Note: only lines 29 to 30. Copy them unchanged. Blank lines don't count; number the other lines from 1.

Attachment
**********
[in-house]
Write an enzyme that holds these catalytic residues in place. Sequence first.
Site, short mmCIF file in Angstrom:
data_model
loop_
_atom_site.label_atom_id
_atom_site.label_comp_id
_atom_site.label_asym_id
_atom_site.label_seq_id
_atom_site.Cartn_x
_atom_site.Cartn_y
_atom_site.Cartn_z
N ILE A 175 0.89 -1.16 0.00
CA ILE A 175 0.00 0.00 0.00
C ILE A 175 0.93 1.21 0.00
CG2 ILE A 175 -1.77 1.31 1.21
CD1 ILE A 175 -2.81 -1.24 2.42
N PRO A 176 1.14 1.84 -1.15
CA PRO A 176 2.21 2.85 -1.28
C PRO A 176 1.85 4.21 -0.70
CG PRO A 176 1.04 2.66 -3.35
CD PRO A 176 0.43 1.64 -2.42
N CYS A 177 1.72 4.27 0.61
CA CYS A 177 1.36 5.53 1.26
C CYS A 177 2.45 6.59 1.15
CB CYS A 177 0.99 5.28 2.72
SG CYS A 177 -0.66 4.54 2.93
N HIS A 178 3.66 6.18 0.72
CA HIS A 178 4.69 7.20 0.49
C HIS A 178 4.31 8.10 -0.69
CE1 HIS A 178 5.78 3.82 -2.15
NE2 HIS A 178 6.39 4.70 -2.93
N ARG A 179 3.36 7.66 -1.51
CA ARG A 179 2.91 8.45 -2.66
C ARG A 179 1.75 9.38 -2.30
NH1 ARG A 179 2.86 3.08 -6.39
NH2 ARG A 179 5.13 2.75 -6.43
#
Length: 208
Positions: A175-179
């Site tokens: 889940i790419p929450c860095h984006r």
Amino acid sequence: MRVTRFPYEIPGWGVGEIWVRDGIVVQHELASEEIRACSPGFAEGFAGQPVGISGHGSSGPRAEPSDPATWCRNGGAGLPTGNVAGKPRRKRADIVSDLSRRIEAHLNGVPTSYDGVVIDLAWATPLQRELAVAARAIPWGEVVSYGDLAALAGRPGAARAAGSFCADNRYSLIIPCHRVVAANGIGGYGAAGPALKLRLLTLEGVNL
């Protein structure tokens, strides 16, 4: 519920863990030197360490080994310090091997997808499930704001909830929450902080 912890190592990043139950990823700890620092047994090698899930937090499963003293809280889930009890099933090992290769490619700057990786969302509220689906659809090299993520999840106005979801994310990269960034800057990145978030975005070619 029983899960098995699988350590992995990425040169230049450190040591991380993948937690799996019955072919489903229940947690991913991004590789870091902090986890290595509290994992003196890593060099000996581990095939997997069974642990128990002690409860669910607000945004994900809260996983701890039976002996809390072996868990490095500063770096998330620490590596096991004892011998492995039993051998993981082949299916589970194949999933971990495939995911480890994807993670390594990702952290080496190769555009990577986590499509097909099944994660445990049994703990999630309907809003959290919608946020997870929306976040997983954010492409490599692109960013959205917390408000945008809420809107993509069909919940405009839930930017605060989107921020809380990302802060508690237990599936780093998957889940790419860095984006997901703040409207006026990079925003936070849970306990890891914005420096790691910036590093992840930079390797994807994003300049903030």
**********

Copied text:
CA HIS A 178 4.69 7.20 0.49
C HIS A 178 4.31 8.10 -0.69